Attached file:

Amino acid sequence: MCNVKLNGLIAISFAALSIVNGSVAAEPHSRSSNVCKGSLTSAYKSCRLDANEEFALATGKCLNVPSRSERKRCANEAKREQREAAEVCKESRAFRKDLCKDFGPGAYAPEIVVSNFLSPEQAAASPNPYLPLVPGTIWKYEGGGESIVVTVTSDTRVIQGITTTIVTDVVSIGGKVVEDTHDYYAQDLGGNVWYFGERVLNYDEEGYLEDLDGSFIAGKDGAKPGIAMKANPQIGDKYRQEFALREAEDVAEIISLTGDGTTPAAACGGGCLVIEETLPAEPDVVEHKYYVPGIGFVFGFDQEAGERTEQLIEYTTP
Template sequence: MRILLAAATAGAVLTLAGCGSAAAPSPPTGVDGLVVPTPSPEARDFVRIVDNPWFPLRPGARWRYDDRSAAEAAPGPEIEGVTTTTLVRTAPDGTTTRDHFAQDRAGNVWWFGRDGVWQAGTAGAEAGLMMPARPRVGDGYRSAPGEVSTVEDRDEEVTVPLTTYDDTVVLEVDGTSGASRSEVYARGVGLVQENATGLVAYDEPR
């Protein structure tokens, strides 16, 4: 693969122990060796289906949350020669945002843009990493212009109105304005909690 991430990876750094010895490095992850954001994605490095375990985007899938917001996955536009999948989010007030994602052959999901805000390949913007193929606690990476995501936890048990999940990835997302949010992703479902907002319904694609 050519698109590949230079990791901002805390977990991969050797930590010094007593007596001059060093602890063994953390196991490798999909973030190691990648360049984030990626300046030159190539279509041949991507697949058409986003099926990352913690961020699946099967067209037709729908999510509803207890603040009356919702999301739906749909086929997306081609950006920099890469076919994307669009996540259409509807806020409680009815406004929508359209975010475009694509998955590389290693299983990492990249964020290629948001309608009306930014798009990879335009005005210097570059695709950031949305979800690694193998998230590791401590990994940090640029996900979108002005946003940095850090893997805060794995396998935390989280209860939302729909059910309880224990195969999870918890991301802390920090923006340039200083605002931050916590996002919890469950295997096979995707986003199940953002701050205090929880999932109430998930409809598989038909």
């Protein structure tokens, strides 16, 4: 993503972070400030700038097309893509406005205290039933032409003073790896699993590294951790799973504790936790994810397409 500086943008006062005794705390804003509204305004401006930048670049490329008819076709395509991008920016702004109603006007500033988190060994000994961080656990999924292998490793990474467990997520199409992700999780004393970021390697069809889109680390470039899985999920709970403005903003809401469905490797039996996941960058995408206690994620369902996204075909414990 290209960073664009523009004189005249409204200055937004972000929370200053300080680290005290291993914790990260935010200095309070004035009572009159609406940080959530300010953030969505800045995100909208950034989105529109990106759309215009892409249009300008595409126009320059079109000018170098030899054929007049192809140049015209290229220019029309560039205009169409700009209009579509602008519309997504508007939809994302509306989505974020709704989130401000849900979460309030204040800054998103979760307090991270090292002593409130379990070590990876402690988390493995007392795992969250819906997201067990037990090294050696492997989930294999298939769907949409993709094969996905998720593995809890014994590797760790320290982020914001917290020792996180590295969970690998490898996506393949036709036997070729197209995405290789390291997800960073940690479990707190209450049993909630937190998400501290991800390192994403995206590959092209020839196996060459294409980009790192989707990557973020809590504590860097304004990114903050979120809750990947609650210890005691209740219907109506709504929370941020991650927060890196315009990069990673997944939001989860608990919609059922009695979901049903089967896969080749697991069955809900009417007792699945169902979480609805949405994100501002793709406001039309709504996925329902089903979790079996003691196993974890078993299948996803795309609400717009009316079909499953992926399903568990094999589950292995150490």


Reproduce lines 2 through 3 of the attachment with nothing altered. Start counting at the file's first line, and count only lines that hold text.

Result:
Template sequence: MRILLAAATAGAVLTLAGCGSAAAPSPPTGVDGLVVPTPSPEARDFVRIVDNPWFPLRPGARWRYDDRSAAEAAPGPEIEGVTTTTLVRTAPDGTTTRDHFAQDRAGNVWWFGRDGVWQAGTAGAEAGLMMPARPRVGDGYRSAPGEVSTVEDRDEEVTVPLTTYDDTVVLEVDGTSGASRSEVYARGVGLVQENATGLVAYDEPR
């Protein structure tokens, strides 16, 4: 693969122990060796289906949350020669945002843009990493212009109105304005909690 991430990876750094010895490095992850954001994605490095375990985007899938917001996955536009999948989010007030994602052959999901805000390949913007193929606690990476995501936890048990999940990835997302949010992703479902907002319904694609 050519698109590949230079990791901002805390977990991969050797930590010094007593007596001059060093602890063994953390196991490798999909973030190691990648360049984030990626300046030159190539279509041949991507697949058409986003099926990352913690961020699946099967067209037709729908999510509803207890603040009356919702999301739906749909086929997306081609950006920099890469076919994307669009996540259409509807806020409680009815406004929508359209975010475009694509998955590389290693299983990492990249964020290629948001309608009306930014798009990879335009005005210097570059695709950031949305979800690694193998998230590791401590990994940090640029996900979108002005946003940095850090893997805060794995396998935390989280209860939302729909059910309880224990195969999870918890991301802390920090923006340039200083605002931050916590996002919890469950295997096979995707986003199940953002701050205090929880999932109430998930409809598989038909």